• February 18, 1934 (1992) - Audre Geraldine Lorde, writer, authored a book of poetry or essay almost every year, fought sexism and homophobia, joined the struggle for civil rights and feminism, created Kitchen Table Women of Color Press with others in 1988, wrote A Burst of Light to highlight her response to liver cancer 
  • February 19, 1902 (1992) - Kay Boyle, writer and political activist, involvement in anti-Vietnam war demonstrations led to jail sentence in Oakland, CA, considered by some a better writer than Djuna Barnes and Anais Nin but has not yet earned similar acclaim  
  • February 19, 1952 - Amy Tan, novelist, mother-daughter relationships are subject of The Joy Luck Club, now in 35 languages, The Kitchen God's Wife (1991), and The Bonesetter's Daughter (2001) 
  • February 20, 1805 (1879) - Angelina Grimké, abolitionist, joined the Philadelphia Female Anti-Slavery Society in 1835 and addressed "mixed" audiences in 1837, wrote An Appeal to the Christian Women of the South criticizing slavery in 1836, after which a price was placed on her head should she return to South Carolina 
  • February 20, 1902 (1995) - Katharine Way, Ph. D. in nuclear theory at the University of North Carolina (1938), developed the Way-Wigner formula for fission produced decay, her concern for the health of retirees led to Durban Seniors for Better Health in the City of Medicine 
  • February 21, 1855 (1902) - Alice Freeman Palmer, educator, founded the predecessor organization to the American Association of University Women (AAUW) in 1881  
  • February 21, 1903 (1977) - Anais Nin, began her 69 volumes of journals with a letter to her father, found she liked recording her thoughts in stream of consciousness style, some journals were published in 1966, also wrote novels and D.H. Lawrence: An Unprofessional Study (1932) 
  • February 21, 1927 (1996) - Erma Bombeck, humorist and columnist, began writing obituaries and columns on gardening, eventually wrote books of humor, supported the Equal Rights Amendment, appeared on "Good Morning America" for 11 years 
  • February 21, 1936 (1996) - Barbara Jordan, politician, star debater at Texas State University, served in Texas state legislature 1962-72, elected to the House of Representatives 1973-78 where she sponsored expanding the coverage of the Voting Rights Act and voted to impeach Nixon, taught 17 years at University of Texas, awarded the Presidential Medal of Freedom (1994)  
  • February 22, 1876 (1938) - Gertrude Bonnin (Zitkala-Sha), writer; Sioux Indian activist, founded the National Council of American Indians (1926)  
  • February 22, 1892 (1950) - Edna St. Vincent Millay, first woman to receive the Pulitzer Prize for Poetry (1923)  
  • February 22, 1900 (1996) - Meridal LeSueur, passionate poet and writer of short fiction and essays dealing with unfair labor conditions and the land rights of Southwest and Minnesota Native American tribes  
  • February 23, 1900 (1991) - Elinor Warren, composer, gifted pianist, wrote more than 65 art songs, major works with orchestra are "The Harp Weaver" (1936) and "The Legend of King Arthur" (1970)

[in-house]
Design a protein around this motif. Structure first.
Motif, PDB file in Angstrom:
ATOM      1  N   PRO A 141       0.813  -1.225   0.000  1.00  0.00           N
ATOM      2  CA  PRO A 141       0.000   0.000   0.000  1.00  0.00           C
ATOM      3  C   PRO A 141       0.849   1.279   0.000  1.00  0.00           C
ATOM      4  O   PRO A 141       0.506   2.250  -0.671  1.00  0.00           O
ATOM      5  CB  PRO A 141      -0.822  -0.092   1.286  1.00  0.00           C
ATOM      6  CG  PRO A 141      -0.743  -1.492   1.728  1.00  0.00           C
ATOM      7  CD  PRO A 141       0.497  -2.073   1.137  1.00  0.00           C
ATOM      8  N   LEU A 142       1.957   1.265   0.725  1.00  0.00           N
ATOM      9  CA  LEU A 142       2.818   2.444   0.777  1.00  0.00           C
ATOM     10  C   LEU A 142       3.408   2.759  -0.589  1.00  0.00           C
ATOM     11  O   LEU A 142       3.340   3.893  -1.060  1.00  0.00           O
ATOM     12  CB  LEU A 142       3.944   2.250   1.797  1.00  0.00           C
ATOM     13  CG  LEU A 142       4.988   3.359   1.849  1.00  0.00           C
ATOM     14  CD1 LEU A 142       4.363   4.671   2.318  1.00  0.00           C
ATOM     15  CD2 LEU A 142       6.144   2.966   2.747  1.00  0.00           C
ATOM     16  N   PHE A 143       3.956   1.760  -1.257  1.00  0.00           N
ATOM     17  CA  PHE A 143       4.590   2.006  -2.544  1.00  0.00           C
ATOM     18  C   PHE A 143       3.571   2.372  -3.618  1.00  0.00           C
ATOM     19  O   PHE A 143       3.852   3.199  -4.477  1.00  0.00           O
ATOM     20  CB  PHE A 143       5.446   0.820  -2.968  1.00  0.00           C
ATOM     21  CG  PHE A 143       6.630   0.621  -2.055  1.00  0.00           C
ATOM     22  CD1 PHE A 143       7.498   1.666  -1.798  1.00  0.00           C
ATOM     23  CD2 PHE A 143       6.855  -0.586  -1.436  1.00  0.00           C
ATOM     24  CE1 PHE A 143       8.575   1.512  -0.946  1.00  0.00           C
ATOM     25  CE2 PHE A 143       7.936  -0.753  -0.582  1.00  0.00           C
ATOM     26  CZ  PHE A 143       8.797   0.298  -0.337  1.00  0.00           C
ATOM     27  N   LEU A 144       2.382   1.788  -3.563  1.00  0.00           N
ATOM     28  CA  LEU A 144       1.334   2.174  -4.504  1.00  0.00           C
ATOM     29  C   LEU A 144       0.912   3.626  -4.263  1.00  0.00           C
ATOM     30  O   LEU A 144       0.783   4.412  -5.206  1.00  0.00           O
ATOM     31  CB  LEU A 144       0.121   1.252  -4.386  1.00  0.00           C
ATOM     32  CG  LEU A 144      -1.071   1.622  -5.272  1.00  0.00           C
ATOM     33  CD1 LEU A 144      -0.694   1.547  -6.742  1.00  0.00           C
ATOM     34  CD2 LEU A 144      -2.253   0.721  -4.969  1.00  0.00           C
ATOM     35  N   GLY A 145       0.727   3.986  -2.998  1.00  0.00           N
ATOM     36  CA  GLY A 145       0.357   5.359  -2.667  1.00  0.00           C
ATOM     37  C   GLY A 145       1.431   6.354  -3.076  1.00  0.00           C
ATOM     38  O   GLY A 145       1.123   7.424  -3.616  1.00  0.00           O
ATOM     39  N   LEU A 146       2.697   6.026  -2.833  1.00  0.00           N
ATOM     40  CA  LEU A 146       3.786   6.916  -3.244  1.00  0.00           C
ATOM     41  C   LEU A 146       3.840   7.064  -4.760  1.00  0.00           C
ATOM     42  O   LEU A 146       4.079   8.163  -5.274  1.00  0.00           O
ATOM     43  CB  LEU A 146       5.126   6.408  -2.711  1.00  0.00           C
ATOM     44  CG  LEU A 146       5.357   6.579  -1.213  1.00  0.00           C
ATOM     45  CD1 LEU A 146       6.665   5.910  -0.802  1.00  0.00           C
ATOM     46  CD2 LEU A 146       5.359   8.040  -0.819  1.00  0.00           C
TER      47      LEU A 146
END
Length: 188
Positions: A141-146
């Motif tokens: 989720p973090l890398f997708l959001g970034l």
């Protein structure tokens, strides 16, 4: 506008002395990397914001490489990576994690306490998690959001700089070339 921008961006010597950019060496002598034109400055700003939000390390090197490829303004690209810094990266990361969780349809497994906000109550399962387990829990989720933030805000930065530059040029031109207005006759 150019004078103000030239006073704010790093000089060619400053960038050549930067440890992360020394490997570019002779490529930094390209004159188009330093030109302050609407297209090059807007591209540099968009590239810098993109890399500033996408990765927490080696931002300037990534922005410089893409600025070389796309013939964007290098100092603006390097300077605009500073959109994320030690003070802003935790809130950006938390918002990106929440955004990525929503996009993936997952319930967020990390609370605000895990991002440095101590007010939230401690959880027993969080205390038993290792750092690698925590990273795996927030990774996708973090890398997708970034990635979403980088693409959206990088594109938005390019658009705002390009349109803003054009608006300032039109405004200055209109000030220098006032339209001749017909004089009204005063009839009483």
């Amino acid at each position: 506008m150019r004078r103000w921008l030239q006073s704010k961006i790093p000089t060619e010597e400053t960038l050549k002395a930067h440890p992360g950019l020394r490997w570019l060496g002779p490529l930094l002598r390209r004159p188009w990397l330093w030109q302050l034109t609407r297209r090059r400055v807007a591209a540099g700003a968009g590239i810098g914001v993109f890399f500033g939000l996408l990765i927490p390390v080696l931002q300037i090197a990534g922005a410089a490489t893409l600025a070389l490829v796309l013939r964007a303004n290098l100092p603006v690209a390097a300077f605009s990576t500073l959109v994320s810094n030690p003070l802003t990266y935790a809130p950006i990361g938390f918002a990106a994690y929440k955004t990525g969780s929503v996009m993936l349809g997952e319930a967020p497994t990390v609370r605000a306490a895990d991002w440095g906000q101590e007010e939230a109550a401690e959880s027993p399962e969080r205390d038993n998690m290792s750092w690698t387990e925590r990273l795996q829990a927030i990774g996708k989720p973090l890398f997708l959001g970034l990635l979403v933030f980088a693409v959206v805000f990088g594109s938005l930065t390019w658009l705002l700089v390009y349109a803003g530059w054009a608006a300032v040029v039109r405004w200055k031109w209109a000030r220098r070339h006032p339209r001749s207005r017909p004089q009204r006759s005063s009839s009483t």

• February 23, 1904 (1995) - Helen Nearing, determined to live a more simple life, she and her husband Scott learned better techniques for surviving independently and also for getting maple syrup, traveled on lecture circuit where they publicized their The Good Life practices, which they had refined at their Maine homestead and organic garden 
  • February 25, 1910 (1992) - Millicent Fenwick, fashion editor, member of the New Jersey General Assembly (1969-73), earned the nickname "Outhouse Millie" for her fight for better working conditions for migrant workers (including portable toilets), won seat in Congress in 1974 and served three terms, turned up in comic strip "Doonesbury" as "Lucy Davenport," champion of gun control, campaign spending limits, and ERA 
  • February 26, 1859 (1953) - Louise Bowen, Chicago philanthropist, saved Hull House financially in 1935, funded the Woman's Club building, demanded removal of health hazards from Pullman Company, obtained minimum wage for women at International Harvester Company and raised $12,000 for families of strikers 
  • February 26, 1921 (1985) - Wilma Heide, educator and women's studies pioneer, president of National Organization for Women 1971- 72, spearheaded sex discrimination charges against ATT 
  • February 27, 1890 (1989) - Mabel Staupers, graduate of Freedman's Hospital of Nursing (now Howard University) in 1917, led Harlem Committee of the New York Tuberculosis and Health Association, organized health education, public lectures, free exams and dental care for school children, fought for full racial integration with the help of Frances Bolton, integrated Army and Navy nurses 
  • February 27, 1897 (1993) - Marian Anderson, opera singer, first African-American member of the New York Metropolitan Opera (1955) 
  • February 28, 1898 (1992) - Molly Picon, Yiddish actress, performed around the world beginning with "Baby Margaret" at age 5, entertained troops in Korea and Japan during World War II, renowned for her somersaults and flips well into her seventies, wrote one-woman show, "Hello, Molly" (1979), and an autobiography, Molly (1980) 
  • February 29, 1916 (1994) - Dinah Shore, singer and actress, performed on WSM in college with Frankie Laine, Dennis Day, Frank Sinatra and others, became a regular on Eddie Cantor's show in 1940, entertained USO troops during World War II (12,000 at Versailles), won first of 10 Emmy Awards in 1955 for "The Dinah Shore Show," which ran until 1962